I have always been one of those goody two-shoes who follows all the rules. It's not so much because I believe in the rules. It's more that I have this fear of getting caught, of rocking the boat, of somehow getting in trouble. I never once ditched school as a teen, because I was so afraid of getting caught.
Now that I am older, I still follow the rules, mostly. I show up when I say I'll be somewhere. I am an upstanding citizen--my speeding tendencies notwithstanding.
I knew when I had kids that my family would have rules. I would teach my kids to follow those rules, just as my parents taught me. In fact, I assumed most of my parents' rules would become mine once I had kids. For example, I always assumed my kids would eat what I made for dinner. No way would I be one of those schmucks who makes several meals, trying to please each of her kids.
No short order cook for me.
Yeah, the laugh's on me.
Now I have kids--kids with SPD--and many of my childhood rules just don't work for my family. I guess you could say my kids have taught me to loosen up and break the rules from time to time.
Check it out:
1) Don't wear pajamas in public.
PJs: they're not just for sleeping anymore!
Danny would live in his pajamas if he could.
2) No more monkeys jumping on the bed.
Jumping on the bed is a family sport. All in the name of getting in that good deep pressure.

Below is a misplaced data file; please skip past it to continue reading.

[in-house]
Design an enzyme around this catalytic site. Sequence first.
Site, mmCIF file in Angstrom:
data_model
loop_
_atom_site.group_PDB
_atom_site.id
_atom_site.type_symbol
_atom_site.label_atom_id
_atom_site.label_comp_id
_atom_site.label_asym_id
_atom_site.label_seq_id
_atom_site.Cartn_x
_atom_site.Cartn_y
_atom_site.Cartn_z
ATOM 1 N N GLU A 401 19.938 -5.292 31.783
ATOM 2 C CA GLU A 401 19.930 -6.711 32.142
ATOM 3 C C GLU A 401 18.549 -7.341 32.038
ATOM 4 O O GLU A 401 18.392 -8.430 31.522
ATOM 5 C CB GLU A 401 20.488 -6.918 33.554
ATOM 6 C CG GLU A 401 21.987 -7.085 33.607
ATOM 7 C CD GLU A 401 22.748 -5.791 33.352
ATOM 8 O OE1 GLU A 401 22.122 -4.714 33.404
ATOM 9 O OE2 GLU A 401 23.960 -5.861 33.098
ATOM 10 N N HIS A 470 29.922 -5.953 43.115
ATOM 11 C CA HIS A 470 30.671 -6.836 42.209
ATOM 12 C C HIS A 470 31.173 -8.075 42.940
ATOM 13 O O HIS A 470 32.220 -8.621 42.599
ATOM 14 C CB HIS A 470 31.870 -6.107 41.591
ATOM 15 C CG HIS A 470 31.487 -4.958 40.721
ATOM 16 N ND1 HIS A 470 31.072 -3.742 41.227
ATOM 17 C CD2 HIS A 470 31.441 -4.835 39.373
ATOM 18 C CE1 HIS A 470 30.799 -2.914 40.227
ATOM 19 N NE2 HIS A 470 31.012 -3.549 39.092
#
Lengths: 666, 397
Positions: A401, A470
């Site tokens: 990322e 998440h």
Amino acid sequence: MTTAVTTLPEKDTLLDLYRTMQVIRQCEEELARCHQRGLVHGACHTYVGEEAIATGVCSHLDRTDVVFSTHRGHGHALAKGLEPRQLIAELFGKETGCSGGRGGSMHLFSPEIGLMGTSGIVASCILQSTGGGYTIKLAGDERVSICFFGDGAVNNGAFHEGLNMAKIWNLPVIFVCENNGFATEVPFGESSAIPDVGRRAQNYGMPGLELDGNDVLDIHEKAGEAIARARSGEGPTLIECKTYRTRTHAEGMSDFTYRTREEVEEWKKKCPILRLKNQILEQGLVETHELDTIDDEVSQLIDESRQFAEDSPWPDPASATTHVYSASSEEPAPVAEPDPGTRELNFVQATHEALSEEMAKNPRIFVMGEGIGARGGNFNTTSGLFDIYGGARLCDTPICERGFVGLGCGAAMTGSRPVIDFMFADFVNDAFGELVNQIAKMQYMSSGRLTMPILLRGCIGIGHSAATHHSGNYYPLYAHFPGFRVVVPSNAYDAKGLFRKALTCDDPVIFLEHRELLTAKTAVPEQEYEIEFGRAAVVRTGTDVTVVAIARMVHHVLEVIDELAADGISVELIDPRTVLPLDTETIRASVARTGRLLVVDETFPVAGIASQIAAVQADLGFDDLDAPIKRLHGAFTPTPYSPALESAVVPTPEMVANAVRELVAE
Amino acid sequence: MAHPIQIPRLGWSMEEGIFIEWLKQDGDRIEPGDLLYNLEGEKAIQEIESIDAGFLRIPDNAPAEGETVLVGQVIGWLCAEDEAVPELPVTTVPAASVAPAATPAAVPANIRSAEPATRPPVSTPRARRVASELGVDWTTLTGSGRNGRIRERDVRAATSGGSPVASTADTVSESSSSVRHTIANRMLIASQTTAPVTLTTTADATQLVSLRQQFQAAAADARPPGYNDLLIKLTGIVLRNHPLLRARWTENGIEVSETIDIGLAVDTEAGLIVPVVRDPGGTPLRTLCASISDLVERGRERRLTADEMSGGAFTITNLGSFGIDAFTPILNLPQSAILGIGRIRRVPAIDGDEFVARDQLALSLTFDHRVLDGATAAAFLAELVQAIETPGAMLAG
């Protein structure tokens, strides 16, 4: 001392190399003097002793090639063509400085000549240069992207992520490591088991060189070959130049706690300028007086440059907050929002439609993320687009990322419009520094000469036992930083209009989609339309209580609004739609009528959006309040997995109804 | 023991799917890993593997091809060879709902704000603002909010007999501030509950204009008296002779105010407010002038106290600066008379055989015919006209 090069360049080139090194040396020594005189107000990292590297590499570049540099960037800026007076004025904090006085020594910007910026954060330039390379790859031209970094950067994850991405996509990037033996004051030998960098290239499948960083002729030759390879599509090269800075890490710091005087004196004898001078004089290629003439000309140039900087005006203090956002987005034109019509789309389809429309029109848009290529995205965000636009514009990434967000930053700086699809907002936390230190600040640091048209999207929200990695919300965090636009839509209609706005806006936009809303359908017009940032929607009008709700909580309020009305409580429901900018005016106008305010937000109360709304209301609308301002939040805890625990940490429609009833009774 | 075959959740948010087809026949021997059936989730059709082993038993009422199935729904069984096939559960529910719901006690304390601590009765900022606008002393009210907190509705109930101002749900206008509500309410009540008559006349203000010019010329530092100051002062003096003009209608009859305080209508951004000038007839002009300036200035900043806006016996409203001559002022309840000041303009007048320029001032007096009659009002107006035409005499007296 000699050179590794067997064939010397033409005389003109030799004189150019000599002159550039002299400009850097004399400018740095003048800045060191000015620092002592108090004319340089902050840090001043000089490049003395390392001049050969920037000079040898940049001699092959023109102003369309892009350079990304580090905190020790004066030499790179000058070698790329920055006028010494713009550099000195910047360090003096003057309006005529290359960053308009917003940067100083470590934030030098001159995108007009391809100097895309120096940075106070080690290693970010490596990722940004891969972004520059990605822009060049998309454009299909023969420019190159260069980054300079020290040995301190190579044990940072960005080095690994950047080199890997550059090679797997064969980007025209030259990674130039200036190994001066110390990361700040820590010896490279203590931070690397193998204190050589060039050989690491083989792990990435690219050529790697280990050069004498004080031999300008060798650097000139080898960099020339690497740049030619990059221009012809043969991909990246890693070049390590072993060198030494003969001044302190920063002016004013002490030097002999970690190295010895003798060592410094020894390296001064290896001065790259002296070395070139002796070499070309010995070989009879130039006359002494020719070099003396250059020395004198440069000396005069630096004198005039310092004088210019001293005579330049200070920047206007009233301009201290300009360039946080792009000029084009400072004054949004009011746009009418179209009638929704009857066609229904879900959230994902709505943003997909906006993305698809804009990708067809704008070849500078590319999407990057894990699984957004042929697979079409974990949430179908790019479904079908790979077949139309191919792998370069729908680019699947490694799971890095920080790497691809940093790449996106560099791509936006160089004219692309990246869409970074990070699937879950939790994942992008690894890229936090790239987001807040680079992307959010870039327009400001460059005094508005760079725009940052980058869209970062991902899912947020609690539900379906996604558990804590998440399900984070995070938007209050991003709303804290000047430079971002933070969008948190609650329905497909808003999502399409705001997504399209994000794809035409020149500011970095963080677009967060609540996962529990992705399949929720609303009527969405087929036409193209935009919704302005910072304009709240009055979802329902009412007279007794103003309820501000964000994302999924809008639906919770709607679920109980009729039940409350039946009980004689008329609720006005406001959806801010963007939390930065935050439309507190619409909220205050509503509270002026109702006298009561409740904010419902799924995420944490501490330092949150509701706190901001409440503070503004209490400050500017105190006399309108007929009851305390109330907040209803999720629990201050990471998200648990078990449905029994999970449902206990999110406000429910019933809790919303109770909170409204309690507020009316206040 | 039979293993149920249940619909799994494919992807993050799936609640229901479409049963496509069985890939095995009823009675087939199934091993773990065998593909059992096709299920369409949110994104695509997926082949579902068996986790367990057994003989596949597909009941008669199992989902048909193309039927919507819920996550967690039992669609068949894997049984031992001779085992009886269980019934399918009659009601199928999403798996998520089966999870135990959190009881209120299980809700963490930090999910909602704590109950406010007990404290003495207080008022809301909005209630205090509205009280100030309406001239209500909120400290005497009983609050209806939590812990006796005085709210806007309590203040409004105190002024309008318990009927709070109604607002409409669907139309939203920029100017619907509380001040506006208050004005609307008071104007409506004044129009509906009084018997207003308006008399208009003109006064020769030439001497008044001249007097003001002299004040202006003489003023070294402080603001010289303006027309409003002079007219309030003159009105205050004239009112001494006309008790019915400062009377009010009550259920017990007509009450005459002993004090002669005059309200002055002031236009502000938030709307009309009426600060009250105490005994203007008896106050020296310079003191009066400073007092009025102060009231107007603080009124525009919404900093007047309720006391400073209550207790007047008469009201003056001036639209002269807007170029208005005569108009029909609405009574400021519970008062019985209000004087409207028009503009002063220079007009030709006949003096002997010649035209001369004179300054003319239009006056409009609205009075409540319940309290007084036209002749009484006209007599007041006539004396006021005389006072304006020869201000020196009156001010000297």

3) No playing with your food.
Get it? Playing with your food? See, he's playing with canned food. Oh, alright, not as funny as I thought.
4) Avoid messes.
Mud. Mother Nature's perfect toy!
5) Sleep in your bed. Truth be told, I don't remember the last time my kids slept in their beds.
Beds are for suckers. Tents = way more fun, especially when chock full of blankets and stuffed animals.
6) No swinging, playing ball, riding a bike or roughhousing in the house. That includes trampoline jumping, of course!
Swings, glorious, swings! Our house is so popular with the neighborhood kids. And ever since we discovered my son has SPD, rough housing has become one of our favorite family pastimes.
7) No covering yourselves from head to toe in shaving cream. (Well, okay, I admit, this rule never occurred to me until after we had already broken it. But I assume most mothers, if given the choice, would outlaw the use of shaving cream in this manner, but what do they know, right?)
Who says Sensory Processing Disorder can't be fun?
How about you? What 'rules' get disregarded in your home for the sake of well-regulated senses?